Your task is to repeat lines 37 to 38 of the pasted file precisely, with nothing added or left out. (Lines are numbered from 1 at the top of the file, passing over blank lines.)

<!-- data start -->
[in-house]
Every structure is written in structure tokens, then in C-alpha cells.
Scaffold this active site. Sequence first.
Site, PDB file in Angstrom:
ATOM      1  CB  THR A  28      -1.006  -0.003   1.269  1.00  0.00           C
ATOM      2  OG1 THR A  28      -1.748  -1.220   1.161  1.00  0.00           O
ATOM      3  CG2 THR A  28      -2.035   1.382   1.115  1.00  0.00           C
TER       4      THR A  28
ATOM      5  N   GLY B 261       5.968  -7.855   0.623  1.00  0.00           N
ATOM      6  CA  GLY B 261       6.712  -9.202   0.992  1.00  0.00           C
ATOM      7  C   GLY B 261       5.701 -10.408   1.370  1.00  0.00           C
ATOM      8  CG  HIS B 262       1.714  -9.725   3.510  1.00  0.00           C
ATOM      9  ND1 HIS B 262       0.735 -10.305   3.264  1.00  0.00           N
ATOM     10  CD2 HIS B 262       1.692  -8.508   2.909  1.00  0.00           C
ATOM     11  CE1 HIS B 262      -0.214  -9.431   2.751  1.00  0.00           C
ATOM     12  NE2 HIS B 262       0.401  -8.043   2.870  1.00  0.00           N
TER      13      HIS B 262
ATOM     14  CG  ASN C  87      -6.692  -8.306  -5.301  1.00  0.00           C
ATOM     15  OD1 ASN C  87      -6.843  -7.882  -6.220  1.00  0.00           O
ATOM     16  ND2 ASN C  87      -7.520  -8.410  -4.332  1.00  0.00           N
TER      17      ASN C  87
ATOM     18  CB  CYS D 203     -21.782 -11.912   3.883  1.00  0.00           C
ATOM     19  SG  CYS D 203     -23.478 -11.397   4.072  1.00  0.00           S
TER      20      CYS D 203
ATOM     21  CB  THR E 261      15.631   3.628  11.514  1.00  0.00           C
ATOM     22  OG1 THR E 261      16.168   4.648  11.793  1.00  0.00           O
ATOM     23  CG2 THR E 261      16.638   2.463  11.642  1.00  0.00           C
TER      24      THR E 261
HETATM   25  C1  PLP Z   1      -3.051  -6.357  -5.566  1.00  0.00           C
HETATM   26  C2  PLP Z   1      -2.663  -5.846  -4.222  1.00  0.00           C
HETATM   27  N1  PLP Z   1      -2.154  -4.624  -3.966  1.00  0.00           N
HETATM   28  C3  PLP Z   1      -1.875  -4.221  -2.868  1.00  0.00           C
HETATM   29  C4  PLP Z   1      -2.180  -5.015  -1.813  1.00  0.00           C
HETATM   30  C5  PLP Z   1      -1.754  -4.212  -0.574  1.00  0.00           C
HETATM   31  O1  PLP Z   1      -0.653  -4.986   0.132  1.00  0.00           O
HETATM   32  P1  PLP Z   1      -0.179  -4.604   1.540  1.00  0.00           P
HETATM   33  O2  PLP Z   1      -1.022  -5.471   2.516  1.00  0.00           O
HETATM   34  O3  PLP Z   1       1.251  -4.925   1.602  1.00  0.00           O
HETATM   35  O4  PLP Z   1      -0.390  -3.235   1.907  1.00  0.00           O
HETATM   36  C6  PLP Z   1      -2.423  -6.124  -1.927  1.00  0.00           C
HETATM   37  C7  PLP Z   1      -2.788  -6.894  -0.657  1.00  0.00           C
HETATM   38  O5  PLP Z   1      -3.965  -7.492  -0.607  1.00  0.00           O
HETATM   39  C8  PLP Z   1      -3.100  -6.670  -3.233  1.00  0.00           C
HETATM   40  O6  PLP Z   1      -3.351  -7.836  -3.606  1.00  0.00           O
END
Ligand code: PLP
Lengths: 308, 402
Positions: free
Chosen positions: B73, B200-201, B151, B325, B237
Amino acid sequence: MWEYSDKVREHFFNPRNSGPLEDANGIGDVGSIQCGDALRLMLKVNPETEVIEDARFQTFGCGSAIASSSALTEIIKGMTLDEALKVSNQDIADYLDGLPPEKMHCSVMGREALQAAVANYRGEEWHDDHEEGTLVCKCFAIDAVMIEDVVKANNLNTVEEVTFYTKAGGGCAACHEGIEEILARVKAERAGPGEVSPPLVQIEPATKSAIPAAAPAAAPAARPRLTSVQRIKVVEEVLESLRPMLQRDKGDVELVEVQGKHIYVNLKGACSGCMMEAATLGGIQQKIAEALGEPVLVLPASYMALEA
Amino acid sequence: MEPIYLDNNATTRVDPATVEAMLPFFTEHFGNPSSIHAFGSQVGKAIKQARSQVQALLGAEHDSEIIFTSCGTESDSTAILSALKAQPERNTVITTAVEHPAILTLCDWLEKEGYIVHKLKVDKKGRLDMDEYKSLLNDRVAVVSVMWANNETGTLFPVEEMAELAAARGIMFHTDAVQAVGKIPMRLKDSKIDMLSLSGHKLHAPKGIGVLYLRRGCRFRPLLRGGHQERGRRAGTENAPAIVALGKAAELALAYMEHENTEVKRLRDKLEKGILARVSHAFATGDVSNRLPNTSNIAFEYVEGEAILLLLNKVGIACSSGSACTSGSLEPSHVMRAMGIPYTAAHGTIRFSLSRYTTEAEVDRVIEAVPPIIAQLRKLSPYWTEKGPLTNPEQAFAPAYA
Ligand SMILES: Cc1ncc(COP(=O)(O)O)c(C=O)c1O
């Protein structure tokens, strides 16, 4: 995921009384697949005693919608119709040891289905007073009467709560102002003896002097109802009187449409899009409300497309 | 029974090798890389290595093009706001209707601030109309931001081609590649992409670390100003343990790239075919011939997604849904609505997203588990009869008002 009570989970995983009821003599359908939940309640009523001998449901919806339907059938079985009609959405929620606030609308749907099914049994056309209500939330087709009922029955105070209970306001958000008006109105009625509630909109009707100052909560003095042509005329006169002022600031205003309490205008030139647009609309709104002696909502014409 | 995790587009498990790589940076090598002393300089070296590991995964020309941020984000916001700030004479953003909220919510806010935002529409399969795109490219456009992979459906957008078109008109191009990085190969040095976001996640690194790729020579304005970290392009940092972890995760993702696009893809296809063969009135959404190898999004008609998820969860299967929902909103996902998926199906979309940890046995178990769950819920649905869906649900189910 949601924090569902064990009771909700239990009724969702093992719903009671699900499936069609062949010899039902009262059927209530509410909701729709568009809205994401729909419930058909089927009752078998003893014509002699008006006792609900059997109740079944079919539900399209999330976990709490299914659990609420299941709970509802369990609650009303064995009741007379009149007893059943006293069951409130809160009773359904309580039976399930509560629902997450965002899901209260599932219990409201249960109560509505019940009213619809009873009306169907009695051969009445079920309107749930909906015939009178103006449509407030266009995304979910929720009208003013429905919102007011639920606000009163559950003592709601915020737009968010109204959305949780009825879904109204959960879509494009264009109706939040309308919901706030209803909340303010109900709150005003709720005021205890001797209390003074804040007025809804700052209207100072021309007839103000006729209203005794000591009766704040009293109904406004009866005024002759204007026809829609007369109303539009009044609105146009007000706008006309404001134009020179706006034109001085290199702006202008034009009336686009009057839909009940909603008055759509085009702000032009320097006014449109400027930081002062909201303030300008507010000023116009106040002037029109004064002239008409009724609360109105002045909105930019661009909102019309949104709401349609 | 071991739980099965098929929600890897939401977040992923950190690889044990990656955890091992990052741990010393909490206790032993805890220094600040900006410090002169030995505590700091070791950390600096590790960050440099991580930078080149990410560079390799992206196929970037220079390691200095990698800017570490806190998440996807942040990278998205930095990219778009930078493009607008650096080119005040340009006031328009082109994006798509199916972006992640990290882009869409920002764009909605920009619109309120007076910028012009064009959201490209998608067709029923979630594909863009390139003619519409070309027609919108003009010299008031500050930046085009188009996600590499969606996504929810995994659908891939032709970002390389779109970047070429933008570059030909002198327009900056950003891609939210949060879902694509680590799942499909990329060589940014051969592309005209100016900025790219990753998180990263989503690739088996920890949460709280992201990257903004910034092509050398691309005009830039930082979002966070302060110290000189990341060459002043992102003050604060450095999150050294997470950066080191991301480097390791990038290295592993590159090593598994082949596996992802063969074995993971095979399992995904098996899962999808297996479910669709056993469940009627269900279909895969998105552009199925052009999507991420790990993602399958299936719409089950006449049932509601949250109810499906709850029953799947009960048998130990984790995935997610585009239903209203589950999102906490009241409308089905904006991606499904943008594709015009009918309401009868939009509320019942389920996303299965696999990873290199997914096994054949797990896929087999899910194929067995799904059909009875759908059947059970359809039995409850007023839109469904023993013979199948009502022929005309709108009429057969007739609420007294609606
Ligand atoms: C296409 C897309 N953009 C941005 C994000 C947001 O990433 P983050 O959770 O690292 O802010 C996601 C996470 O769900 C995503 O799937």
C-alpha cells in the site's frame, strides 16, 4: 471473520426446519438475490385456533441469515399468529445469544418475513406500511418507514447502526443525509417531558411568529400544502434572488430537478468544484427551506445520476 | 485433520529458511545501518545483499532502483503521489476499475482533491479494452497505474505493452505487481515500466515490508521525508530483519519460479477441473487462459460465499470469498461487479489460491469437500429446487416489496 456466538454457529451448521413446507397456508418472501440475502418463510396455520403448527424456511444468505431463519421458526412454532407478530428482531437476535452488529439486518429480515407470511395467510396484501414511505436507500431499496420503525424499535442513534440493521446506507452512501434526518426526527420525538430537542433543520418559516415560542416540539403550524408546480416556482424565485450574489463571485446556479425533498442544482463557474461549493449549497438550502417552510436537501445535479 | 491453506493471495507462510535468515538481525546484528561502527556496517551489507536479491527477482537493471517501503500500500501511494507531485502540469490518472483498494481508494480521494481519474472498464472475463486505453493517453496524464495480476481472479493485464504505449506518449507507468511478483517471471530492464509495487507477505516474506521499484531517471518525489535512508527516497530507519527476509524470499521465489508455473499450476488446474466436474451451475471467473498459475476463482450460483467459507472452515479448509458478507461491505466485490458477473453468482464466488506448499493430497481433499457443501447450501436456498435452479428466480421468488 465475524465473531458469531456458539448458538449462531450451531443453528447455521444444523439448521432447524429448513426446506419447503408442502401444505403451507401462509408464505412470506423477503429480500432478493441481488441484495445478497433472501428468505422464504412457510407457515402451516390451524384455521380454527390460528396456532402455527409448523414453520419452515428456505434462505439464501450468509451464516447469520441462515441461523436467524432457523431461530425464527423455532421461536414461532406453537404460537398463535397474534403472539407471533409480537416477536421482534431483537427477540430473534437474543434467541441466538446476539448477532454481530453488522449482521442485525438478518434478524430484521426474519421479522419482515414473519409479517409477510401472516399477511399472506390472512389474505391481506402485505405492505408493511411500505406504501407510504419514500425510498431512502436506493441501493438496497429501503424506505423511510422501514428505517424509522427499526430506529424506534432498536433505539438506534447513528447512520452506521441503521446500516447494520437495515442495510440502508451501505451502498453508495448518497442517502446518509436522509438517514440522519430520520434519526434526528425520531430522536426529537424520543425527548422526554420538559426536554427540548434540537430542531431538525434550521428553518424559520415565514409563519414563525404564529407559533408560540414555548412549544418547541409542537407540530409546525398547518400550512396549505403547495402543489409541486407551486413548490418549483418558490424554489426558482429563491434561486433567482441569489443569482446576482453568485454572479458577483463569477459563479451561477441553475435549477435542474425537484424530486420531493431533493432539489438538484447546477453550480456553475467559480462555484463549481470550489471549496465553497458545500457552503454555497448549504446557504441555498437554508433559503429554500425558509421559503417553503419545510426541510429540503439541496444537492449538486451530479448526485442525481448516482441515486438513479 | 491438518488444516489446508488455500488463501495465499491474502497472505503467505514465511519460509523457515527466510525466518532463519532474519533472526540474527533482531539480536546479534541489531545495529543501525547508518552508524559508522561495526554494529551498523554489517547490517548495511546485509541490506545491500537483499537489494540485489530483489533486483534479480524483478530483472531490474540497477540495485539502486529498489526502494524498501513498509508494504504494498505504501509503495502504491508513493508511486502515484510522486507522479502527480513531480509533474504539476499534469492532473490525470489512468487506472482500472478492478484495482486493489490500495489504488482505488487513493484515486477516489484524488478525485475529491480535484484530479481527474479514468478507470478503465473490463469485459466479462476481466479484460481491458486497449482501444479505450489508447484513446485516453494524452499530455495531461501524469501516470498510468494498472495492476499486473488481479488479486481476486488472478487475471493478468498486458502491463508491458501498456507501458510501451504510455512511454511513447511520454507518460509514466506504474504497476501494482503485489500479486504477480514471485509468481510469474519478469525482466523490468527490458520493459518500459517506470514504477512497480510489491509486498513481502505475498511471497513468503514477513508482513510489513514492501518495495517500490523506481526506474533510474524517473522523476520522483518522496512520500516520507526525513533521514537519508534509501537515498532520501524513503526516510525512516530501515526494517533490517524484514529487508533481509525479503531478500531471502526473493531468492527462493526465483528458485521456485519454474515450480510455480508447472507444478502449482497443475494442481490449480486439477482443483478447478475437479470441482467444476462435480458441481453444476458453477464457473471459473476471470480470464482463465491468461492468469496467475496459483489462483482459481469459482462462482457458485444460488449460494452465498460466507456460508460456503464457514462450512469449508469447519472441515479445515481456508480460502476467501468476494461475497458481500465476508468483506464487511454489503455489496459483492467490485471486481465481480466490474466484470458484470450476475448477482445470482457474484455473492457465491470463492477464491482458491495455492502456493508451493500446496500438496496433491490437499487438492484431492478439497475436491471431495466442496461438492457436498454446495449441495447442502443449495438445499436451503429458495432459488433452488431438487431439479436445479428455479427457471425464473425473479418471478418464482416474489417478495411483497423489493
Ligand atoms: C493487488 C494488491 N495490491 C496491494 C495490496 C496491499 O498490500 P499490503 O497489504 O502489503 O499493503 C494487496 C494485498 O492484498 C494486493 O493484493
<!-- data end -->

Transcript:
HETATM   33  O2  PLP Z   1      -1.022  -5.471   2.516  1.00  0.00           O
HETATM   34  O3  PLP Z   1       1.251  -4.925   1.602  1.00  0.00           O